Employment Restrictions

I currently work as a contract employee at Caterpillar Inc. I am a purchasing analyst and have been offered a position with a supplier to Caterpillar. Upon giving my notice, I was told by my Caterpillar work director (not my employer) that I could not take the position because it went against a Caterpillar Code of Conduct Rule. He stated that I could not work for the supplier on site at Caterpillar for 1 year. He explained that Cat employees or contract workers are not allowed to take positions with suppliers according to Purchasing Practice #49 which is within the Code of Conduct. The Caterpillar Code of Conduct is a class that Caterpillar employees have to take and they must pass a test to complete it. Contract employees do not take this class - are not allowed to take this class. In my employment agreement with Volt (my employer), there are no restrictions limiting my employment elsewhere. This isn't really a "non-compete". Where can I go for research on this topic?

1 answer  |  asked Oct 29, 2008 10:46 AM [EST]  |  applies to Illinois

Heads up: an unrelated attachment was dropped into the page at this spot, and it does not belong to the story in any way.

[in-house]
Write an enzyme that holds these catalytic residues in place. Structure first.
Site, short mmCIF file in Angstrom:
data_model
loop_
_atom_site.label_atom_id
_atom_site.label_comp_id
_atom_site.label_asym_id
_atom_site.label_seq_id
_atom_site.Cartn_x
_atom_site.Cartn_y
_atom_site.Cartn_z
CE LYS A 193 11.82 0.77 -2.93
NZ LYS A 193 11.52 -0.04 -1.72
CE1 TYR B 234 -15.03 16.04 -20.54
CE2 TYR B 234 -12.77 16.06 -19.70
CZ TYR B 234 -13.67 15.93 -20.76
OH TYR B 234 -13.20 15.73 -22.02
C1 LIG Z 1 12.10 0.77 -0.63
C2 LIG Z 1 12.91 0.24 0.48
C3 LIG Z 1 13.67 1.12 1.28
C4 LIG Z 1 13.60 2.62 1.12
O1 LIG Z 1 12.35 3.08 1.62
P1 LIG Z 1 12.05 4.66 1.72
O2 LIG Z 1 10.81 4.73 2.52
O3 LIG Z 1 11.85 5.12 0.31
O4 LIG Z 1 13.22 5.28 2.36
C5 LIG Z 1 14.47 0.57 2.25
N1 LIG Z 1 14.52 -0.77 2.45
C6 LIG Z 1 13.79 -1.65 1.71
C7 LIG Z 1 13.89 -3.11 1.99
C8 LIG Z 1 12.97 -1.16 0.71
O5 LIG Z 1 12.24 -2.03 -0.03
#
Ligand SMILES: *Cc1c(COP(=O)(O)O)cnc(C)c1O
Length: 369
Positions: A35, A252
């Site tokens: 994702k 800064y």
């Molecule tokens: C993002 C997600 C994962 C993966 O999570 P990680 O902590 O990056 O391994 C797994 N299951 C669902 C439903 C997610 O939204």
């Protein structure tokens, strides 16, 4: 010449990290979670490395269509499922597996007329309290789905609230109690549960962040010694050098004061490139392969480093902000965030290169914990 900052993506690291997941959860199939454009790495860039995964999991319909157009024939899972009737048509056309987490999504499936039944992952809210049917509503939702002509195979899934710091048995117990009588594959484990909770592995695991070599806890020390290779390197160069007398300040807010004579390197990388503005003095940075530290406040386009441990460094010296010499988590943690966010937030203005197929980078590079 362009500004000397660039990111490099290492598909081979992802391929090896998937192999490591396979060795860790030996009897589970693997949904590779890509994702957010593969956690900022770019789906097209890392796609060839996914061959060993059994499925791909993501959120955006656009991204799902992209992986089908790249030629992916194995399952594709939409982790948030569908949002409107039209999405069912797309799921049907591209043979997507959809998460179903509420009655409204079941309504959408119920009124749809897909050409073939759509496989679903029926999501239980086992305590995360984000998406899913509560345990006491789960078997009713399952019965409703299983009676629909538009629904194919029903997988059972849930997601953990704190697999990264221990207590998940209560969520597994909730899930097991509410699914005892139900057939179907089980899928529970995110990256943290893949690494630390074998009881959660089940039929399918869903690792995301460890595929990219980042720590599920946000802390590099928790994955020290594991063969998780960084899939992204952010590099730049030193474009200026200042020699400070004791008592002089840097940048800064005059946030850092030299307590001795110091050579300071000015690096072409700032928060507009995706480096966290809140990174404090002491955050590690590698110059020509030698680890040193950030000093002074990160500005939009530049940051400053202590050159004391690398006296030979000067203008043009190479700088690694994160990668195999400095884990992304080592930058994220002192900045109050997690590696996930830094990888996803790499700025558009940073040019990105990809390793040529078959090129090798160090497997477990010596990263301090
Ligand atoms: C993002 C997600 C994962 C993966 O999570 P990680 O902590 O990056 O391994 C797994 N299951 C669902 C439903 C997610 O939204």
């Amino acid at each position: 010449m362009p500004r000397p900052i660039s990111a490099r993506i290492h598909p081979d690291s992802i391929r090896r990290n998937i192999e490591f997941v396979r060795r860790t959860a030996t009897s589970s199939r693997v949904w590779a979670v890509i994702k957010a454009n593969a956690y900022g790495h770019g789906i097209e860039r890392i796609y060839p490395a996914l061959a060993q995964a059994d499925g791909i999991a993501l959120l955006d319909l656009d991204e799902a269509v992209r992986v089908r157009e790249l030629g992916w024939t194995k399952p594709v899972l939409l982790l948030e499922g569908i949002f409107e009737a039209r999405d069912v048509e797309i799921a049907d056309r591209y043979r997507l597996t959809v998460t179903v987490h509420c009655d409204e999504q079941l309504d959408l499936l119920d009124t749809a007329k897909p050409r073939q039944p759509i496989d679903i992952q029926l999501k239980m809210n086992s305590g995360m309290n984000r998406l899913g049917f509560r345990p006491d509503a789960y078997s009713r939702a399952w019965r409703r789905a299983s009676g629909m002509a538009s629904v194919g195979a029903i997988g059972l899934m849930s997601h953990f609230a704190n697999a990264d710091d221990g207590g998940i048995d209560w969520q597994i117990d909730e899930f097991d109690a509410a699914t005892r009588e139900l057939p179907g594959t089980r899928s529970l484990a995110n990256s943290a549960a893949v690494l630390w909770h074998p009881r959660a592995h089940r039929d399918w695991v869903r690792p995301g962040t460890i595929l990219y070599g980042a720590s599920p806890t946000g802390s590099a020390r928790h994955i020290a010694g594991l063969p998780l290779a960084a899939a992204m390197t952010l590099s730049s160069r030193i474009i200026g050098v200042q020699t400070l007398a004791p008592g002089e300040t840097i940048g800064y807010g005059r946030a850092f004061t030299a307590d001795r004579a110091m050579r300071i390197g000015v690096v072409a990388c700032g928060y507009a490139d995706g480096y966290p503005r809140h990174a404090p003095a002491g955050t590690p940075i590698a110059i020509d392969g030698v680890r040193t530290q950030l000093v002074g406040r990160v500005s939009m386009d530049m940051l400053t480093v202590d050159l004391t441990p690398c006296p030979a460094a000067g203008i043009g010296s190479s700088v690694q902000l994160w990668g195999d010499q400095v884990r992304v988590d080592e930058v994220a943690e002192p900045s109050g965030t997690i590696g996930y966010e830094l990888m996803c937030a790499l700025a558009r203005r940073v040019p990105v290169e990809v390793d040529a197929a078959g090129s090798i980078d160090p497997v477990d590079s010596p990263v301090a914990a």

Answers (1)

Anthony Cameron

Well, this is one you don't see every day!

First you need to get from your employer every scrap of paper you signed or rec'd when you went to work there. You may have signed on to Cat's Code without even knowing it.

Second, understand you may be correct legally and still lose this one. Cat has the hammer over your prospective employer and nobody wants unhappy prime sources.

Third, as to resources. Illinois Institute for Continuing Legal Education has a fine volume and course transcript from a seminar on Non-Compete's.

Fourth, I think you are pennywise and pound foolish not to consult with a lawyer. There are several excellent employee rights firms in Peoria and you should loosen up and pay for a consult with one of them. There is a reasonable chance this can be resolved through modest corresponence. Once cat's legal department is involved, the source of this pronouncement may well sing a different tune.

Finally, in thinking about this, focus on what is called in the law "consideration". What did you get in exchange for "committing" to abide by this Employee Code? General rule, if the answer is "nothing," there is no enforceability because there was no meeting of the minds to enforce.

Good Luck. Email me if you want Peoria atty referrals.

posted by Anthony Cameron  |  Oct 29, 2008 5:30 PM [EST]

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